If you are the type of business owner who looks over your shoulder, checking whether or not your employees are committing fraud is a sign that you are experiencing embezzlement. It has been found that 28% of small business owners have experienced embezzlement over the years. This is alarming because before fraud can be committed, an employee has to earn a business owner’s trust. Embezzlement is costly as it results in paying penalties and interest on underpaid or unpaid bills and taxes.
There are three factors that can lead to fraud:
Bookkeeping reduces the risk of embezzlement. Also, you need to check reports regularly even if they are delegated to to a bookkeeper. Since you are the business owner, you will be the one who will get assessed interest and penalties especially for missed tax payments. The ATO will chase you for the unpaid taxes.
How to ensure your employees do not commit fraud?
Unfortunately, frauds are discovered when it is too late. The good news is you can limit opportunities for theft with these following steps:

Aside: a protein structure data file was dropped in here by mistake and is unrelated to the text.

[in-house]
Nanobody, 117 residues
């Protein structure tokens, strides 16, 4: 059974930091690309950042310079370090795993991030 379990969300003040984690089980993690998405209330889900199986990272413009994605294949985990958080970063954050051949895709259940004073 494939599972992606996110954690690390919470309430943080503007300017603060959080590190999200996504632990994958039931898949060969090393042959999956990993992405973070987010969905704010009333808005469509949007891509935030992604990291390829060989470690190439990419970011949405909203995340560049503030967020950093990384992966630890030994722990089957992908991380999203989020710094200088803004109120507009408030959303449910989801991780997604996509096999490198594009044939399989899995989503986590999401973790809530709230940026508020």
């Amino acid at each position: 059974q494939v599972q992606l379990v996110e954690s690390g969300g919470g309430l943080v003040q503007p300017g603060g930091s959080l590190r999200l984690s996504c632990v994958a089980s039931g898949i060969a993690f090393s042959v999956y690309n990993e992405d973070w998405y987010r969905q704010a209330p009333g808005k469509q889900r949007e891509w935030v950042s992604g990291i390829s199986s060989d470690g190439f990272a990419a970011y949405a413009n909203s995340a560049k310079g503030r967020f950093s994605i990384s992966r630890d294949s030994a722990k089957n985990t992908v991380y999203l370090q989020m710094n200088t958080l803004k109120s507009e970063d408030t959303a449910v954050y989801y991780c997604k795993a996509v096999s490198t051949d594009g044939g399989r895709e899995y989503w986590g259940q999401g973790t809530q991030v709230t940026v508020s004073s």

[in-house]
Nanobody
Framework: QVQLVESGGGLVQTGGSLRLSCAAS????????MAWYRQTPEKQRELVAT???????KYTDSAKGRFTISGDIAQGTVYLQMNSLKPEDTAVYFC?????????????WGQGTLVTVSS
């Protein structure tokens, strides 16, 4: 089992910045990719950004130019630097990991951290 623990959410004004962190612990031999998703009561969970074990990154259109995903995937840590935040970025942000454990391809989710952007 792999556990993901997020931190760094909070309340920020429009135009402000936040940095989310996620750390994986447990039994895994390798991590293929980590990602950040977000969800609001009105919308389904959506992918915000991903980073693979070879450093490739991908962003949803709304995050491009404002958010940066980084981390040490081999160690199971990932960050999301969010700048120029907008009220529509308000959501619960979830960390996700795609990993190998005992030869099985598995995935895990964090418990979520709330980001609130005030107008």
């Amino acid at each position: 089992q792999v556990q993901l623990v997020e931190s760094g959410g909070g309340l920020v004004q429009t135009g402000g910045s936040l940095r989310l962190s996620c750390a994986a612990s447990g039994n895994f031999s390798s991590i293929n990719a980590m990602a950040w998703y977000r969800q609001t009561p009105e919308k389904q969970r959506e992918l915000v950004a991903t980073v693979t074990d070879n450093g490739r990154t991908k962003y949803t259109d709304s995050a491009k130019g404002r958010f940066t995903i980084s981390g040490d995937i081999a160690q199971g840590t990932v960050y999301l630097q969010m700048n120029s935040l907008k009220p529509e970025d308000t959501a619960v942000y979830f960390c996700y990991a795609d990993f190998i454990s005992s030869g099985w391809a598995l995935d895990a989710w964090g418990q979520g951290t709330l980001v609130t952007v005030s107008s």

Run a background check on your employees
Anyone can pretend to be a great employee and even fake credentials. Business owners must make it a habit to run a background check before deciding on hiring a bookkeeping. You will never know an employee’s reputation unless you take time to know them.
Delegate tasks and responsibilities
It is difficult to monitor signs of fraud if you delegate responsibilities to one person. Responsibilities must be separated or assigned to different people so you can easily check if there are traces of fraud.
Check transaction history
More often than not, fraud is committed through checks and credit card. These transactions will only be discovered if you check the transaction history. Business owners must take the time to set up automatic payments, review reports, pay bills electronically, avoid signing blank checks and use secure checks.
Monitor payroll, accounts receivable and payable
Aside from monitoring reports, it is also important to monitor accounts receivable, accounts payable and payroll. Accounts receivable refer to open invoices while accounts payable refers to unpaid bills. Payroll must also be monitored such as the deductions, commissions, wages, overtime and timesheets.
It takes time and effort to ensure fraud is kept at bay, but it is even more expensive to let fraud go unnoticed. Aside from penalties and interest, your company may also run the risk of going out of business because of cash flow problems.